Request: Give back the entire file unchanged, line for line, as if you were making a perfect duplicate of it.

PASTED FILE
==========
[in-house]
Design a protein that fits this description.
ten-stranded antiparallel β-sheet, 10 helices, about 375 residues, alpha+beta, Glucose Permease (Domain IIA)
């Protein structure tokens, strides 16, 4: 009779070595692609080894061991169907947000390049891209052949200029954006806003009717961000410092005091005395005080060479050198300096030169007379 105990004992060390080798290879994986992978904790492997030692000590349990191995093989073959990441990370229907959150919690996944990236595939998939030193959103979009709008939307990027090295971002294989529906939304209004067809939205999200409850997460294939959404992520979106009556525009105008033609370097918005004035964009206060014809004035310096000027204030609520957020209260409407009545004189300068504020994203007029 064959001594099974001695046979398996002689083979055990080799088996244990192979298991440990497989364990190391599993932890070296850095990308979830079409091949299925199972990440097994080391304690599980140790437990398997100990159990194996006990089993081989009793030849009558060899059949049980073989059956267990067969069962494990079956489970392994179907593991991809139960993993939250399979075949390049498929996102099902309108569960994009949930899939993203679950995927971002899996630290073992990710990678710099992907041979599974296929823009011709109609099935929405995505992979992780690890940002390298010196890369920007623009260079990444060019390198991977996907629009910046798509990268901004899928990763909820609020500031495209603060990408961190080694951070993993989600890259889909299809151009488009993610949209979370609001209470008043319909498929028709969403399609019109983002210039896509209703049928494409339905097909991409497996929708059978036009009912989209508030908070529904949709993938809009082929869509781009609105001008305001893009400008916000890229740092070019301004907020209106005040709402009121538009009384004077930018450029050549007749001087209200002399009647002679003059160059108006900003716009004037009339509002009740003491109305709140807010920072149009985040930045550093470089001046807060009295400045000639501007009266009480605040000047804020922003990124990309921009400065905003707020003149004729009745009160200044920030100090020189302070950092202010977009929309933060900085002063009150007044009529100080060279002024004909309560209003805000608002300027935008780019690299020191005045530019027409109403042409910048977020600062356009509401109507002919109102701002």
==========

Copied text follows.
[in-house]
Design a protein that fits this description.
ten-stranded antiparallel β-sheet, 10 helices, about 375 residues, alpha+beta, Glucose Permease (Domain IIA)
């Protein structure tokens, strides 16, 4: 009779070595692609080894061991169907947000390049891209052949200029954006806003009717961000410092005091005395005080060479050198300096030169007379 105990004992060390080798290879994986992978904790492997030692000590349990191995093989073959990441990370229907959150919690996944990236595939998939030193959103979009709008939307990027090295971002294989529906939304209004067809939205999200409850997460294939959404992520979106009556525009105008033609370097918005004035964009206060014809004035310096000027204030609520957020209260409407009545004189300068504020994203007029 064959001594099974001695046979398996002689083979055990080799088996244990192979298991440990497989364990190391599993932890070296850095990308979830079409091949299925199972990440097994080391304690599980140790437990398997100990159990194996006990089993081989009793030849009558060899059949049980073989059956267990067969069962494990079956489970392994179907593991991809139960993993939250399979075949390049498929996102099902309108569960994009949930899939993203679950995927971002899996630290073992990710990678710099992907041979599974296929823009011709109609099935929405995505992979992780690890940002390298010196890369920007623009260079990444060019390198991977996907629009910046798509990268901004899928990763909820609020500031495209603060990408961190080694951070993993989600890259889909299809151009488009993610949209979370609001209470008043319909498929028709969403399609019109983002210039896509209703049928494409339905097909991409497996929708059978036009009912989209508030908070529904949709993938809009082929869509781009609105001008305001893009400008916000890229740092070019301004907020209106005040709402009121538009009384004077930018450029050549007749001087209200002399009647002679003059160059108006900003716009004037009339509002009740003491109305709140807010920072149009985040930045550093470089001046807060009295400045000639501007009266009480605040000047804020922003990124990309921009400065905003707020003149004729009745009160200044920030100090020189302070950092202010977009929309933060900085002063009150007044009529100080060279002024004909309560209003805000608002300027935008780019690299020191005045530019027409109403042409910048977020600062356009509401109507002919109102701002």